Unfortunately soldiers from Wötterfal crossed the border of Pragyle between the surveillance periods.  A farmer of Pragyle spotted the advancing troops and ran to the castle to warn Eli.

Eli quickly called the soldiers together and screamed for the soldiers to hastily gather their weapons and fight for the survival of Pragyle.  The soldiers were at a disadvantage since the Wötterfal soldiers were armed and ready to pounce.  After two weeks of fighting, and 900 soldier deaths, the Wötterfal army was repelled and Pragyle was saved.  The citizens chanted Eli’s name.  His stimulating speech had inspired the Pragyle army to save the day.  When the citizens were surveyed later that year, they gave Eli the ranking of “great” and they all mused how James had never suggested building a bridge with better materials, or how he had never helped rescue them from the Wötterfal army.

How does this relate to software projects?  How often do you reward the developer who saves the day at the end of a project, when they end up fixing a bug of their own making? How often do you reward the developer who kept their work on track throughout the project, and did not need a fire drill at the end of the release?

We all like heroes like Captain “Sully” Sullenberger, who lands a flight on the Hudson after running into a flock of birds. But how much recognition would a ground controller have received if they had directed Sully’s plane to a different location and avoided the disaster all together?

Be successful on your agile projects.  Recognize the people who prevent disasters, not just those who save you from them.

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Selling a Tradeoff Matrix to Your Customer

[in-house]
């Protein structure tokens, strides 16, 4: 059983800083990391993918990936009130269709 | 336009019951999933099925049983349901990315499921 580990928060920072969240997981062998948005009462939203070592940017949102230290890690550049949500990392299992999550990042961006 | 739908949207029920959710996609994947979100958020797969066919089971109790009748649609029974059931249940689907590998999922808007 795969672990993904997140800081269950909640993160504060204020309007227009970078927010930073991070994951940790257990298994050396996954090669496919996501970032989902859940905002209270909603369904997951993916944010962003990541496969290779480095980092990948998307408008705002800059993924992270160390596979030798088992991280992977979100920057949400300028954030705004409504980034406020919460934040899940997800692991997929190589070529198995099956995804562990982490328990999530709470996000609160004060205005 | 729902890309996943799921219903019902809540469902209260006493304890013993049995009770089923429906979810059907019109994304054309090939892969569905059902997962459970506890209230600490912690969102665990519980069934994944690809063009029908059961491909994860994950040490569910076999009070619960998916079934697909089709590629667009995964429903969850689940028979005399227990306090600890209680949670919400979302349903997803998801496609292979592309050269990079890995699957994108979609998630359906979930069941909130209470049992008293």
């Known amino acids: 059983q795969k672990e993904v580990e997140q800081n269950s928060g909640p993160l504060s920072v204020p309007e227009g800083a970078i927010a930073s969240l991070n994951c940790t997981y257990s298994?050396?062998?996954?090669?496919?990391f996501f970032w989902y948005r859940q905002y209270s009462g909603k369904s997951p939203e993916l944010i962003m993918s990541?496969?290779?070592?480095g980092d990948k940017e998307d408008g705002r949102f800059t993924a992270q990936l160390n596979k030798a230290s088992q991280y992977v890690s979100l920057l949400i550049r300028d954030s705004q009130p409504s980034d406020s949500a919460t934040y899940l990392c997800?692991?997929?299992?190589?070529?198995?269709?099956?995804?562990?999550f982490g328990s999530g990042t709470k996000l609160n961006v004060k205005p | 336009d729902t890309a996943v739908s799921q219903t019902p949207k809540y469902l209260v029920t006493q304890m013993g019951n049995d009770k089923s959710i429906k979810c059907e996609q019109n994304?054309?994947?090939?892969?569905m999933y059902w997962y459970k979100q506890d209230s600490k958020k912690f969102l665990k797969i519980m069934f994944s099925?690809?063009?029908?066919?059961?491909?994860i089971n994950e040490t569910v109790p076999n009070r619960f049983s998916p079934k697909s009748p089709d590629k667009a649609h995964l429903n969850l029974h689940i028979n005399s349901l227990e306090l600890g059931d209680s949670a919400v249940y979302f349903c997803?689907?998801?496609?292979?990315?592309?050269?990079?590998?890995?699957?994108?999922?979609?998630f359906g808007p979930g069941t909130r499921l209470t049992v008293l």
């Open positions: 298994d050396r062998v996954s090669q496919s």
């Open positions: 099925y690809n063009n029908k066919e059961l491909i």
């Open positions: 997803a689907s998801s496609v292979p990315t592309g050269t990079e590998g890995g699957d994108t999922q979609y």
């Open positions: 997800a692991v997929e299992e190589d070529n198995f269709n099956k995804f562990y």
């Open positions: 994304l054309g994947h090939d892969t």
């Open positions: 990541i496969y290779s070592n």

ImageFor many years I have been training project managers to create a Tradeoff Matrix at the start of a project.  The matrix is a great tool for reaching common agreement across all stakeholders on the areas to be emphasized during a project.
Unfortunately I should know better than to start a conversation with any business partners with the words “tradeoff”.  From a PMs perspective it makes sense to say tradeoff.  From a customer  perspective tradeoff means “I don’t get what I want”.
To avoid this potential conflict we can speak to the customer in their own terminology, and with an emphasis on how the matrix helps them versus saying there will be limits on what they receive.
I have started telling the customer this is a Focus matrix.  I tell the customer, “Our goal is to deliver on time, within budget, with the scope you desire……but, if the project becomes compromised for any reason, what is your highest priority?”
The matrix helps the team think about your most important project attribute every day of the project, so they do not miss your most important area.  Do you want us to focus on the date?  Then we will make sure we code to the minimum spec. and work with you to make sure we only develop the minimal viable functionality.  Do you want us to deliver all of the scope you asked for from day 1?  Then we will bring in additional help and spend the time it takes to deliver your entire scope.
I think you get the point.  We can discuss a tradeoff matrix with stakeholders with a focus on benefits to them, versus the tradeoffs they may have to make to ensure project success.